AARON HUFF – Commercial Carrier Journal, May 1, 2018 | Millions of people are using their smartphones and apps to find freelance work. Just as truckers use online marketplaces and broker apps to find loads, motorists have Uber and Lyft to locate ridesharing gigs and Rover to find pet-walking jobs, among other examples.
In this tech-enabled “Gig Economy,” people have freedom to create their own work schedules. Freelancing has its disadvantages, however. Non-employees generally do not have health insurance, workers comp or qualify for overtime pay among other protections and benefits.
Whereas many workers in the Gig Economy are what the IRS refers to as 1099 contractors, at least one company, ShiftPixy, is seizing an opportunity to embrace W-2 employee status while offering fleets a flexible workforce management platform.
Founded in 2015, ShiftPixy is focused on businesses that have shift work with full and part-time employees. Final-mile transportation is one of its core markets.
The ShiftPixy workforce platform connects fleet operators with a pool of vetted employee drivers, on demand. It also creates administrative efficiencies and removes the friction of driver turnover, explains Scott Absher, chief executive.
In the final-mile sector of transportation, the company is also curating a population of on-demand driver employees that its clients can share across the platform.
Since its founding in 2004, Zion Delivery Service (ZDS) has focused on final-mile delivery in the Southern California market. The Los Angeles-based company has experienced 20 percent growth, year over year, for the past five years.
Jeremy Pippen, president of Zion Delivery Service.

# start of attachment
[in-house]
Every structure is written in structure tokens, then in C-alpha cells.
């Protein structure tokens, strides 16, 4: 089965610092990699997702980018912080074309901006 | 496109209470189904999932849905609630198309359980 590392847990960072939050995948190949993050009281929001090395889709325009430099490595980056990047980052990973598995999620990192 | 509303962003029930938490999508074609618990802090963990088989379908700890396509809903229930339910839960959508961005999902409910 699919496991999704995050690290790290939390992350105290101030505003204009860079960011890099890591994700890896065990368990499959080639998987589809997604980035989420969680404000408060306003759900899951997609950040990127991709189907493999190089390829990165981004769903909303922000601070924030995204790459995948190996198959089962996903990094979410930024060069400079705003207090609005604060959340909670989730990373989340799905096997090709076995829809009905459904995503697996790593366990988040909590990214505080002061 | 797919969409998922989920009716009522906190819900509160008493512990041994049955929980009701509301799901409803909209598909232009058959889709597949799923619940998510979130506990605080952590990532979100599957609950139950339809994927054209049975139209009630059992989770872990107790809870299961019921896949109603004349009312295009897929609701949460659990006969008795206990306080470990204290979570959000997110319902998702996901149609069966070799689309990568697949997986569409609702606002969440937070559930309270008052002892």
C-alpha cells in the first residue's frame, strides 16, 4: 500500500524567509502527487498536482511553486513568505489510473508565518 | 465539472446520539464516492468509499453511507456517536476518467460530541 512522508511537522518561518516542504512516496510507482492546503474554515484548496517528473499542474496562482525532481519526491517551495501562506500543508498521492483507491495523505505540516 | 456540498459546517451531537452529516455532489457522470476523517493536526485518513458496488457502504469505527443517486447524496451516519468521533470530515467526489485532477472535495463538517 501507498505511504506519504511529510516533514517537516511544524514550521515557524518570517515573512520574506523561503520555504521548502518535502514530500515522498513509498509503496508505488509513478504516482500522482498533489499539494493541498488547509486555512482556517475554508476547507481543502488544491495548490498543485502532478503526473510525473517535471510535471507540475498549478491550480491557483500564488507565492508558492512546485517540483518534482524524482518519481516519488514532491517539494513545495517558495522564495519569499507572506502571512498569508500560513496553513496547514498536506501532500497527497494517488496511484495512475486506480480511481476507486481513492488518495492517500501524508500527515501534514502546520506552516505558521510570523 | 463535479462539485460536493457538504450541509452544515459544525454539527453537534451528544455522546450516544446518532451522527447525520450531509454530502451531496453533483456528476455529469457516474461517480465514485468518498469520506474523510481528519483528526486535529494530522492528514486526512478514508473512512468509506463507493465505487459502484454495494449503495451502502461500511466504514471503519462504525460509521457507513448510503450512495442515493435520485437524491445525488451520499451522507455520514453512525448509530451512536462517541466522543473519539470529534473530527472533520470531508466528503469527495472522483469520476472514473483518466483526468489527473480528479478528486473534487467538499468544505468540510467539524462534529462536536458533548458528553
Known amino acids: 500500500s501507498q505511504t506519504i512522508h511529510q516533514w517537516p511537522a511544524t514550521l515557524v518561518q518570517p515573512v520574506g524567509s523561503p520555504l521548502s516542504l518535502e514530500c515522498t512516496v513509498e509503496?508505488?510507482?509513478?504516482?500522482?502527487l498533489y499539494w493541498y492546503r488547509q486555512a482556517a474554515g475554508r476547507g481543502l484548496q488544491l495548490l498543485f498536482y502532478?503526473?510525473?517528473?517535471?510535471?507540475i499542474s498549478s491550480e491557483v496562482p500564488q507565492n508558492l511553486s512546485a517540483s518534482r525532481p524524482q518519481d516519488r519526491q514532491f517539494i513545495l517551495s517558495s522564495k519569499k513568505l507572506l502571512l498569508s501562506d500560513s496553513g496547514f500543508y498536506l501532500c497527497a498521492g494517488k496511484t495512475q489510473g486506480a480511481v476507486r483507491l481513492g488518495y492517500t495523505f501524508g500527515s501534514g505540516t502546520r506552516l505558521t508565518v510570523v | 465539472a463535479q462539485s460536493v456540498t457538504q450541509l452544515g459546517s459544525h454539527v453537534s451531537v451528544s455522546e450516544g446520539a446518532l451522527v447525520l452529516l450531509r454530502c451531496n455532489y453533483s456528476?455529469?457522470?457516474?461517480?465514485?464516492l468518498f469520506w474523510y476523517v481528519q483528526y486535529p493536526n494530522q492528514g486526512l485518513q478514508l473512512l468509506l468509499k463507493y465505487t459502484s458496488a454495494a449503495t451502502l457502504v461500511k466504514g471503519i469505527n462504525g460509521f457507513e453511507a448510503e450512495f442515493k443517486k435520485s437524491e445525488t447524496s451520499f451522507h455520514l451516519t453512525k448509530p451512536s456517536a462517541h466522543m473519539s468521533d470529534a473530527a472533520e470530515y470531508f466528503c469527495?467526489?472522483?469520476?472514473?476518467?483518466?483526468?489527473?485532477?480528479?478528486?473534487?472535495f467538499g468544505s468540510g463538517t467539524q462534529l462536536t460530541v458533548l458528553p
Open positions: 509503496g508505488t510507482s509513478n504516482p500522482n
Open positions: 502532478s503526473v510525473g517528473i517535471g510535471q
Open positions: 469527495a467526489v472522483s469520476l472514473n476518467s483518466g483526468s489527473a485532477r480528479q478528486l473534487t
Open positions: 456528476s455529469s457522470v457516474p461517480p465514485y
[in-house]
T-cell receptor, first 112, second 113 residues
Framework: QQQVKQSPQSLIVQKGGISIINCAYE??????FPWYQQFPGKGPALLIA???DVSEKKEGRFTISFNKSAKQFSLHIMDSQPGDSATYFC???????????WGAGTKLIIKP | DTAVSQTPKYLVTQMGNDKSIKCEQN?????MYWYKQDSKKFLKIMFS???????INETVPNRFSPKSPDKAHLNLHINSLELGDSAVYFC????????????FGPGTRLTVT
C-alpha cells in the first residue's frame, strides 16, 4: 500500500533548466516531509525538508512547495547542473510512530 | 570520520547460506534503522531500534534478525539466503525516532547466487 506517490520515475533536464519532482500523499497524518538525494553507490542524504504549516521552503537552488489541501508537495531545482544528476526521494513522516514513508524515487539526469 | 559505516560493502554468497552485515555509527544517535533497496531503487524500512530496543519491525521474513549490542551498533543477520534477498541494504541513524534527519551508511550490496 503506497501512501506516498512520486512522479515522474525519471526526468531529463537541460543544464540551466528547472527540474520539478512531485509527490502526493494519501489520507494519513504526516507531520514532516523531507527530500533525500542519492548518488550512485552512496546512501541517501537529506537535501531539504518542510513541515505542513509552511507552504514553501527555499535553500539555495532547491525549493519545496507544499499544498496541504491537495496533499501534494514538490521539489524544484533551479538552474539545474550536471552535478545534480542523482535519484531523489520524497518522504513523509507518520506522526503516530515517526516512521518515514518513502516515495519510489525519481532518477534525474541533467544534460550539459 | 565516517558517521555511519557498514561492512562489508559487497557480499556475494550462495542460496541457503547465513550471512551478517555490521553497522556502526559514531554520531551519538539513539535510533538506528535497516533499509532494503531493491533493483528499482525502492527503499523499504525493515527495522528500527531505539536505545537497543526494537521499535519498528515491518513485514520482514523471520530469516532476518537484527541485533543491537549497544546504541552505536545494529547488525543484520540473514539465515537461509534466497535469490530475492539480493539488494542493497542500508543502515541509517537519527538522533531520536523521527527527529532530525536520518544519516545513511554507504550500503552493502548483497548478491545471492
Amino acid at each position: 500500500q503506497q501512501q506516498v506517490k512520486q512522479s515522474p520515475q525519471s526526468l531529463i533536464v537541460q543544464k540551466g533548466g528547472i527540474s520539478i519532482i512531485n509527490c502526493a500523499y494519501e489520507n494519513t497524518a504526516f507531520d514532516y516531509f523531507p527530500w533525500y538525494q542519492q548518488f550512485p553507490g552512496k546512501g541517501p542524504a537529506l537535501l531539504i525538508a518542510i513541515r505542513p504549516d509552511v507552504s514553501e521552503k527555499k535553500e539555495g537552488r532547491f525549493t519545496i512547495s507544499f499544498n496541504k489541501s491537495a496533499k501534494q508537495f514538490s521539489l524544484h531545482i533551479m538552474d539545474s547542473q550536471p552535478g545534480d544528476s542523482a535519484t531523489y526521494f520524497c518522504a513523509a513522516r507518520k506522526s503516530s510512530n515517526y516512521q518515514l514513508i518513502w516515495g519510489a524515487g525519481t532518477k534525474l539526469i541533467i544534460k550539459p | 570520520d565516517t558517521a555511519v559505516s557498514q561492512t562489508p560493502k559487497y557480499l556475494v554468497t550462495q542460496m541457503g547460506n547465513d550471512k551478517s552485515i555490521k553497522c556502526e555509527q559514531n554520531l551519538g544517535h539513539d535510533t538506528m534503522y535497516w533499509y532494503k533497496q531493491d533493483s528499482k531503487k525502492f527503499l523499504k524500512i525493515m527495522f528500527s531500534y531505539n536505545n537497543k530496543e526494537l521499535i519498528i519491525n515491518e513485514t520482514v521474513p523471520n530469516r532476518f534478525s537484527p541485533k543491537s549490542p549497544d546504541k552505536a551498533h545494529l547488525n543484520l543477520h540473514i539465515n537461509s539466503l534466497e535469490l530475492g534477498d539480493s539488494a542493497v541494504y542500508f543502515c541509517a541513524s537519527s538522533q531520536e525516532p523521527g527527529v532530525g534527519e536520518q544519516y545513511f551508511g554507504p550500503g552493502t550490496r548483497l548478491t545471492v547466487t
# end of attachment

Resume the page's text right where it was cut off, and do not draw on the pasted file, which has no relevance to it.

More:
ZDS operates seven days a week, says Jeremy Pippen, president, and has used employee outsourcing services in the past. The engagement with ShiftPixy began by outsourcing the employer status of its W-2 delivery drivers. The technology of ShiftPixy was the deciding factor.
“We are looking to have a better way to engage with our existing pool of drivers, to build that pool, and be able to allocate resources in the most intelligent way to control cost on our end,” he says.
Prior to using ShiftPixy, ZDS dispatchers were manually contacting drivers to see who could cover extra routes as demand and service needs arose. The first driver to answer was dispatched, which often resulted in paying drivers overtime to cover extra shifts.
ShiftPixy keeps track of hours worked and shifts through its driver mobile app. ZDS dispatchers have visibility to drivers’ hours and are given recommendations through the platform for which drivers they should contact, in what order, to cover shifts and minimize labor costs.
One of ZDS’ largest customers is Amazon Logistics. Every day, Amazon sends delivery route plans to ZDS that show hours associated with each route. ZDS uses this information to create schedules in ShiftPixy’s web platform.
Using the mobile app, drivers have visibility to opportunities to work extra shifts and “can make themselves available,” Pippen says.
Before founding ShiftPixy, Absher worked at companies in the trucking industry that provided employee leasing and outsourcing services. The new company was originally going to be named “ShiftPicky” to denote the flexibility its platform gave workers to choose their schedules, he says.
Pippen expects to see increased productivity and to reduce costs by using the platform for internal operations and for employee engagement. Overall, he says the technology and employee outsourcing “makes it easier to focus on what we know how to do” and helps to stay in compliance with employee and contractor laws, to manage cost and to meet employee expectations.
As ShiftPixy gets a larger pool of qualified drivers, Pippen sees a benefit from drawing from that pool to “fill our ranks,” he says.
ShiftPixy’s digital solution includes a private blockchain ledger to record and track sensitive employee information, and a “micro-metering” approach for financial and insurance transactions. The technology also streamlines the hiring process by using IBM’s Watson artificial intelligence engine to power a “chatbot” named Pixy to guide driver employees through the application and onboarding process, Absher says.